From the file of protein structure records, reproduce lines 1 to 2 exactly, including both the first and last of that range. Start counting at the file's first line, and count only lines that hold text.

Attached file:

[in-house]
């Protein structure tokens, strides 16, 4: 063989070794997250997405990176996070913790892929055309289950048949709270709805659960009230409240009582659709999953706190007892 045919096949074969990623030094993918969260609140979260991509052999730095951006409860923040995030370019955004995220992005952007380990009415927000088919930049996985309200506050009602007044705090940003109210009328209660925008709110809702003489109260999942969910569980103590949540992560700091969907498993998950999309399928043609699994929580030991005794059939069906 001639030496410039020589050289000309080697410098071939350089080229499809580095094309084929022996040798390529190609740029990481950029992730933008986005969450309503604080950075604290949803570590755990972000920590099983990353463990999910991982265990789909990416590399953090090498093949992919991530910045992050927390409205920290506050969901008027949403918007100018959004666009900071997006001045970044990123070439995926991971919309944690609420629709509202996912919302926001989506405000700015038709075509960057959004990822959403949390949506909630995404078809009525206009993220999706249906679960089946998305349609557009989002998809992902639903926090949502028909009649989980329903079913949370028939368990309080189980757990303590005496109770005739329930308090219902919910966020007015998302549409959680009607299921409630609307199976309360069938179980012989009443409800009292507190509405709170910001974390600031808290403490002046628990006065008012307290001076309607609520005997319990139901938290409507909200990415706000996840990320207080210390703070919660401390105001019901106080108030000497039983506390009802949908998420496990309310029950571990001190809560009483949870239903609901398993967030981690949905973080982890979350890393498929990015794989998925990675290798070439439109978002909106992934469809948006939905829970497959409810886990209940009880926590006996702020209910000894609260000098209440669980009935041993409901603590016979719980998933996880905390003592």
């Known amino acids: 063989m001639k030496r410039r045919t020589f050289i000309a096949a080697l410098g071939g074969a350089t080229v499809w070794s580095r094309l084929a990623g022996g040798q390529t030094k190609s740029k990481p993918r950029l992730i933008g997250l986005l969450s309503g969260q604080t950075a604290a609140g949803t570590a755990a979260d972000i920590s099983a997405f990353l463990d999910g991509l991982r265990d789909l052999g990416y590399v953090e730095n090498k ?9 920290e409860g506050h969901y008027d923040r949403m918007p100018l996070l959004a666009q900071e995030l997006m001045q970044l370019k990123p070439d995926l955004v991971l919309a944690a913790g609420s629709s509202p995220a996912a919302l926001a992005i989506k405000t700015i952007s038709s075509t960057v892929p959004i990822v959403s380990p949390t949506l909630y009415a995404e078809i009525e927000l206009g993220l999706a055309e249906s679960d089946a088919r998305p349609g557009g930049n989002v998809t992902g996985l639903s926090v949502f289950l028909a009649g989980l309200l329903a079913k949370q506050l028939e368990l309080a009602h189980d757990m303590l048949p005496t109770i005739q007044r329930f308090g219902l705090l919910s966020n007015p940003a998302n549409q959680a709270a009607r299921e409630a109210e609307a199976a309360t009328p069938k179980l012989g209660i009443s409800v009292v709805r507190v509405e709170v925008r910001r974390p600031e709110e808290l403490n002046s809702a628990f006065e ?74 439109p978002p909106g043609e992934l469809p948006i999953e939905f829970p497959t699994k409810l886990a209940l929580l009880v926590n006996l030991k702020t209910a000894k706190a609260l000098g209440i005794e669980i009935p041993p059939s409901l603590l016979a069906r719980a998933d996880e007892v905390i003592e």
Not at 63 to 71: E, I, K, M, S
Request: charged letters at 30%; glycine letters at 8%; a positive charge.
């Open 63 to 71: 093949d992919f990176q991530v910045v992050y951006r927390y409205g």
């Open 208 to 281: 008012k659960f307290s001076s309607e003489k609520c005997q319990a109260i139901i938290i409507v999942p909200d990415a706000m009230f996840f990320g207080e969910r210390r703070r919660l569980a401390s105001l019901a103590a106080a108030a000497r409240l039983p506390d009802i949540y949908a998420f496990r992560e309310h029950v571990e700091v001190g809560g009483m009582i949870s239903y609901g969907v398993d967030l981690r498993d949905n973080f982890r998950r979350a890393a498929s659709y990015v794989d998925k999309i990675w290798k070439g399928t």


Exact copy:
[in-house]
């Protein structure tokens, strides 16, 4: 063989070794997250997405990176996070913790892929055309289950048949709270709805659960009230409240009582659709999953706190007892 045919096949074969990623030094993918969260609140979260991509052999730095951006409860923040995030370019955004995220992005952007380990009415927000088919930049996985309200506050009602007044705090940003109210009328209660925008709110809702003489109260999942969910569980103590949540992560700091969907498993998950999309399928043609699994929580030991005794059939069906 001639030496410039020589050289000309080697410098071939350089080229499809580095094309084929022996040798390529190609740029990481950029992730933008986005969450309503604080950075604290949803570590755990972000920590099983990353463990999910991982265990789909990416590399953090090498093949992919991530910045992050927390409205920290506050969901008027949403918007100018959004666009900071997006001045970044990123070439995926991971919309944690609420629709509202996912919302926001989506405000700015038709075509960057959004990822959403949390949506909630995404078809009525206009993220999706249906679960089946998305349609557009989002998809992902639903926090949502028909009649989980329903079913949370028939368990309080189980757990303590005496109770005739329930308090219902919910966020007015998302549409959680009607299921409630609307199976309360069938179980012989009443409800009292507190509405709170910001974390600031808290403490002046628990006065008012307290001076309607609520005997319990139901938290409507909200990415706000996840990320207080210390703070919660401390105001019901106080108030000497039983506390009802949908998420496990309310029950571990001190809560009483949870239903609901398993967030981690949905973080982890979350890393498929990015794989998925990675290798070439439109978002909106992934469809948006939905829970497959409810886990209940009880926590006996702020209910000894609260000098209440669980009935041993409901603590016979719980998933996880905390003592």